Then you move on to the practical process piece. “If we have employees working in these locations, and these are the locations we expect them to be working in, within reason, what does that look like from a tax, payroll, social security, equity, retirement benefits [perspective]?” Additionally, there are other things to consider as well as part of the compensation package—unemployment insurance, workers' comp, and other employee benefits. What do those look like from the location the employee is in versus their employing entity?
Lastly, what does that look like from the “future state?” So, you've done your audit, you've got your assessment of where everyone is, you have analyzed this from [the perspective of] “what do we need to do and what does that look like?” Now there's [the question of] what can you do with it? Maybe the employee is employed by the wrong entity. Maybe there's a global employment company entity that needs to be looked at. Maybe there are other structures around compensation. All these other possibilities which may be more attractive and easier to manage for the business.
That is a lot of questions rather than solutions but starting with a current audit of where your employees are and where they want to be, is really important.
Chris Hall: It's interesting, actually, because we worked on a client last year where we did a remote work policy. I said to that client last week, “We're going to have to rip that up.” And they're like, “No, no, no, it's still in place.” What they were saying was, “if you are working from home, it's the expectation that you would be working from home in the same country that you were previously employed. If you now want to go and work somewhere else—in Spain, let's say, because that's where you've got a holiday home—you can't do that under our remote work policy.”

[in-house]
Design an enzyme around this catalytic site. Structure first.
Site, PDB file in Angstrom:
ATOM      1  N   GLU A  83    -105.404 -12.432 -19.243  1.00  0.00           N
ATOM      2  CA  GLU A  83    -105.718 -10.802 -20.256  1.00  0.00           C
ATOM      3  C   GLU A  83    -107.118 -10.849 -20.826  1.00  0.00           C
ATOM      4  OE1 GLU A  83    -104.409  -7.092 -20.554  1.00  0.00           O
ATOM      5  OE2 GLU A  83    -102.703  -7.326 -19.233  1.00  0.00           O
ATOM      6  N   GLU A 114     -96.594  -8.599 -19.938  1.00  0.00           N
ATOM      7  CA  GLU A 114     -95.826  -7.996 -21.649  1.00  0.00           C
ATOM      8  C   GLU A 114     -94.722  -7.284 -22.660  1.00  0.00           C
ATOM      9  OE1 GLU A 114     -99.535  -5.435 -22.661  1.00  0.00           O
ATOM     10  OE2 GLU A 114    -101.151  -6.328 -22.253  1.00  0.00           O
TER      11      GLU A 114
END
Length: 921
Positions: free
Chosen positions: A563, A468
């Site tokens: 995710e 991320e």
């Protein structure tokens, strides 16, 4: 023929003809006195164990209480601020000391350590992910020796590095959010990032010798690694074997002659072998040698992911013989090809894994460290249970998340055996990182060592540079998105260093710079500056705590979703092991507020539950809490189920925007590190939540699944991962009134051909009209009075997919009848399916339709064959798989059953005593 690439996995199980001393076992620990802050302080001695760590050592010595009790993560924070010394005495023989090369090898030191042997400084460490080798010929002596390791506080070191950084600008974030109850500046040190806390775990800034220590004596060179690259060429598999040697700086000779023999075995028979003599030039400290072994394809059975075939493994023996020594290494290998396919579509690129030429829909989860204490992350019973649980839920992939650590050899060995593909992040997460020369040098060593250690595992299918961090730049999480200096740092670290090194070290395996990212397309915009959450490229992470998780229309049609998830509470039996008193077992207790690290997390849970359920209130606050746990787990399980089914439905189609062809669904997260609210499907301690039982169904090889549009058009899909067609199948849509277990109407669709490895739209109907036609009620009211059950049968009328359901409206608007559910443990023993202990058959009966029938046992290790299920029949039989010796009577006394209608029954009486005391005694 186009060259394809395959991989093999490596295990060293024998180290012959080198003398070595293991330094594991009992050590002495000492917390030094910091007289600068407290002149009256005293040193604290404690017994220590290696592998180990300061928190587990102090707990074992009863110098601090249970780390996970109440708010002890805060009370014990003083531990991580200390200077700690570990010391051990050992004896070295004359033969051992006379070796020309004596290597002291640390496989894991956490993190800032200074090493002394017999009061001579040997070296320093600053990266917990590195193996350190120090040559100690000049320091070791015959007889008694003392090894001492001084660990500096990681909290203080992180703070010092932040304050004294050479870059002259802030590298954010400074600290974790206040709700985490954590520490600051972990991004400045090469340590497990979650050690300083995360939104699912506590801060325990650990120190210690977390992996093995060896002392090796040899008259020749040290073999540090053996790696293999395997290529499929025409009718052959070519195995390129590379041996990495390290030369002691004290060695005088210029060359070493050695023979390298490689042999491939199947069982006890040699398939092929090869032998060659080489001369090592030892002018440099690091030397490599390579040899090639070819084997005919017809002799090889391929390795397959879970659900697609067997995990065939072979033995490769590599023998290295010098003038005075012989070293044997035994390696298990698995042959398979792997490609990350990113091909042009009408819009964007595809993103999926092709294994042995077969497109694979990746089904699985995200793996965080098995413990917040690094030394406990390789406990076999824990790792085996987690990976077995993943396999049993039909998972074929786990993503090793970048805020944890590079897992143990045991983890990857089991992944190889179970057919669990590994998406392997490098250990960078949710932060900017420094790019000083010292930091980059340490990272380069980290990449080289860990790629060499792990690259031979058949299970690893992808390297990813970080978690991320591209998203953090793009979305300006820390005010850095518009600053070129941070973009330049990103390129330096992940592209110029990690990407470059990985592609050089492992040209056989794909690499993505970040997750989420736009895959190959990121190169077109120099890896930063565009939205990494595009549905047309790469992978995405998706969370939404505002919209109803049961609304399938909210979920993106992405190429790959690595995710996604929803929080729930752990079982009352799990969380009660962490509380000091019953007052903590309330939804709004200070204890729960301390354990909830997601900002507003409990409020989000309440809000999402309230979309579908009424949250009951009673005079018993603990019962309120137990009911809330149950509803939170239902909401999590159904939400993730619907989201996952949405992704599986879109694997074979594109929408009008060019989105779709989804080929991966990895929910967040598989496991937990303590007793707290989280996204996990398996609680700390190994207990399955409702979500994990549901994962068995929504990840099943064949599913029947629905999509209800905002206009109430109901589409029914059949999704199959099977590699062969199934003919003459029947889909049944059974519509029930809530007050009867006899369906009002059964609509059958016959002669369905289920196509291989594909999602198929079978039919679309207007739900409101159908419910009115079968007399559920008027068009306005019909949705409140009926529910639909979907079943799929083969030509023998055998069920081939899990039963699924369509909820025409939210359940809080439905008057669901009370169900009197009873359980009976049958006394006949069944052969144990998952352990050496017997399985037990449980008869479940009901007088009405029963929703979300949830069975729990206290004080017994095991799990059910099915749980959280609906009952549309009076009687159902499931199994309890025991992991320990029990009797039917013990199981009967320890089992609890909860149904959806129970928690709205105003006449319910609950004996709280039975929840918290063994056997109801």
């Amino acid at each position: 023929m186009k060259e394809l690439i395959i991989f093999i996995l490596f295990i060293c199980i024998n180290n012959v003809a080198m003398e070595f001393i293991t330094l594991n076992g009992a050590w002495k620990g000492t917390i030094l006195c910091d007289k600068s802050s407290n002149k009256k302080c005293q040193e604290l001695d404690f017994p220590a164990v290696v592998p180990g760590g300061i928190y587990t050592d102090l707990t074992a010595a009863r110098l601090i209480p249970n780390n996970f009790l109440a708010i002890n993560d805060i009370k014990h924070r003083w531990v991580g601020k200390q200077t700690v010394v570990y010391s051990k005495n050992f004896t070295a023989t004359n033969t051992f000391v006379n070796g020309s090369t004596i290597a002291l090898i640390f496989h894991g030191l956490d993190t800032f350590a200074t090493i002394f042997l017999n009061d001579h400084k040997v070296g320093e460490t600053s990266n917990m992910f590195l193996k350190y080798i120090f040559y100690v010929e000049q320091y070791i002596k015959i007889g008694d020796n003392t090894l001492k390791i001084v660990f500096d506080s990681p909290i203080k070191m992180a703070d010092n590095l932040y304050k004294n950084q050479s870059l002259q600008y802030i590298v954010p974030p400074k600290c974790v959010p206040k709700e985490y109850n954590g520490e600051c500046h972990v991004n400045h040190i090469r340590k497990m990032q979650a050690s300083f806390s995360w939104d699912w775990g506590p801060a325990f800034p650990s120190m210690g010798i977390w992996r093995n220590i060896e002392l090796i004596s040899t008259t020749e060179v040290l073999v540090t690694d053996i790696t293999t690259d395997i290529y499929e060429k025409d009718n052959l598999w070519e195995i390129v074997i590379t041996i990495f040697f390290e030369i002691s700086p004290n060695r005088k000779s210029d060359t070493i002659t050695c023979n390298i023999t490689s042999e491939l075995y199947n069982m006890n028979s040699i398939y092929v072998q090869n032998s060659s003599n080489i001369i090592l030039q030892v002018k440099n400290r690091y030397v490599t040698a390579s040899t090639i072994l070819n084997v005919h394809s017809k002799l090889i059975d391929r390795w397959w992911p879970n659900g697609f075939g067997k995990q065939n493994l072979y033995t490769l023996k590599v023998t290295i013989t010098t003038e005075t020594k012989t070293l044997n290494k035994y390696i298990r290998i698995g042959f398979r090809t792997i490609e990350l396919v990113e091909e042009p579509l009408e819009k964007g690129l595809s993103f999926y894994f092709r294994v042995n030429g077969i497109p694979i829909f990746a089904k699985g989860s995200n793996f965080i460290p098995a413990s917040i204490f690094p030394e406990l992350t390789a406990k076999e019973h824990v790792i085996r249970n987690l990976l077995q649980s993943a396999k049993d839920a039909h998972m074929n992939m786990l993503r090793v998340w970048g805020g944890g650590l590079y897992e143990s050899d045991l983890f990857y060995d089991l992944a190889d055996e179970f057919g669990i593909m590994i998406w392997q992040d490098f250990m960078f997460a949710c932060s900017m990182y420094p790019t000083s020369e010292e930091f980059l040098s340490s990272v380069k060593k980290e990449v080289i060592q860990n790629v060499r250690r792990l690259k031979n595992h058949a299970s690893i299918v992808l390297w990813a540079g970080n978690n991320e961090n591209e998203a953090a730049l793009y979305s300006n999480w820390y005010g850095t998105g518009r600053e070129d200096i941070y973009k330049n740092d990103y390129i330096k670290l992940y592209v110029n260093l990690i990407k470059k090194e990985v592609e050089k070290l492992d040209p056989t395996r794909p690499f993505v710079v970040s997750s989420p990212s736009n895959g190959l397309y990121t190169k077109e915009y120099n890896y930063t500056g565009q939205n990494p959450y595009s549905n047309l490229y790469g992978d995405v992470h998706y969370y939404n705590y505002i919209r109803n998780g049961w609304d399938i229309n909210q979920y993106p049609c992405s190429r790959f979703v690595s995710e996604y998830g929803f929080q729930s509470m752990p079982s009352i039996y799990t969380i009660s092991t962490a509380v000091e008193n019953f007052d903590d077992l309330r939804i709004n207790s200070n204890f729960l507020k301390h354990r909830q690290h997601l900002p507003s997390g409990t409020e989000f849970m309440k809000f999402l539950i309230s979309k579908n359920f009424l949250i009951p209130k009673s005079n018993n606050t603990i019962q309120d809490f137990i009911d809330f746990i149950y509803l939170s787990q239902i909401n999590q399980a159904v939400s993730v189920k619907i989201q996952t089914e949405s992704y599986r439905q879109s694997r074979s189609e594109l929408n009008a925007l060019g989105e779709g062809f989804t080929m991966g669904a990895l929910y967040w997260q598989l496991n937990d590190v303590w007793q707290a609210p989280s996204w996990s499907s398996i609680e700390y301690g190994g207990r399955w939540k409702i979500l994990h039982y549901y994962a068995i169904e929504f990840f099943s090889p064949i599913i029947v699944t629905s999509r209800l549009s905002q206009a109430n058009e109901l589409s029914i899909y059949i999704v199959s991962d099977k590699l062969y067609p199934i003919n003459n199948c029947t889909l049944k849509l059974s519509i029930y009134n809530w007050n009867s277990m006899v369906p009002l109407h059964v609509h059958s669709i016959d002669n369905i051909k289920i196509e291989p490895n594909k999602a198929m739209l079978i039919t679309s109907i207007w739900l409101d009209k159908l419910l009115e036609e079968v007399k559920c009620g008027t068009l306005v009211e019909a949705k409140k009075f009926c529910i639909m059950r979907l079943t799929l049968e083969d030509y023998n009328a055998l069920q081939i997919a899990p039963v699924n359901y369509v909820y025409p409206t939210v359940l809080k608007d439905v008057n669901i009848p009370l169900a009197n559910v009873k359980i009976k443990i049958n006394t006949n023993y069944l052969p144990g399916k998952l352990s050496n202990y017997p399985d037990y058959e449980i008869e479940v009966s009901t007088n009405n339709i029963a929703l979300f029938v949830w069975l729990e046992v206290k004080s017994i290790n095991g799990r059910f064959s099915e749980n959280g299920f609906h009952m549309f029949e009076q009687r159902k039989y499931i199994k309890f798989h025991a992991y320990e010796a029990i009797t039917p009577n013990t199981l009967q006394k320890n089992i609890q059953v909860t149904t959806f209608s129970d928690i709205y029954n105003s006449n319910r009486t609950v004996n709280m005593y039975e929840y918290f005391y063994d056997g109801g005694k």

It will be interesting to see how that develops over time with the employee pressure that may come, “well, why can't I work anywhere?” There are very practical answers to this. You need to put those restrictions in place about what they can do. If you truly say “anywhere,” you're going to have to change the entire function and mechanism of your payroll processes, probably the size of your consulting budget, and the size of your corporate tax team.
How about you, Brett? What are you seeing over on the West Coast? Particularly where you are, there's a lot of cross-border commuting already, but do you see significant change there?
Brett Sipes: Yeah, definitely. We're seeing a lot of people that have this idea that I can work from anywhere and a lot of times, that might even be in another country. Just to kind of unpack a little bit of what you were saying there, David, with the practicalities of that: so if you have somebody who is working for a US entity but they want to live in Finland, then at some point, if that's going to be a permanent situation, does it make sense for them to be on the US payroll anymore? Does it make sense for them to contribute to the US 401(k) plan, the US medical benefits? It might be a situation where you want to see, can we put them on the Finnish payroll, even though they're not perhaps working for the Finnish entity there. From a payroll perspective and an individual tax perspective, it might actually be much more efficient and effective to do that.
Now again, as you were saying, Chris, that's a whole new world for a company to really understand. Because historically, if someone was a US employee, you put them on US payroll, and they're done. So to have these employees in other countries—where the company either does or doesn't have an entity—and to actually switch that person's payroll to that location simply based on their personal preference is going to be quite a challenge for companies to take on and figure out how to actually go about doing that.
Chris Hall: When you're thinking about the actual practicalities of this, in your typical business you have locations where you're doing business, you have clients where you're doing business, and the business is usually directing who's going where and why. If you flip that around and your entire employee population can [suddenly] choose where you are at risk, in effect, the concept of that is quite staggering when you put it into [terms of], “OK, how do we operationalize this? How far are we willing to go? Is it carte blanche or is it within reason? Because our processes can react to that.”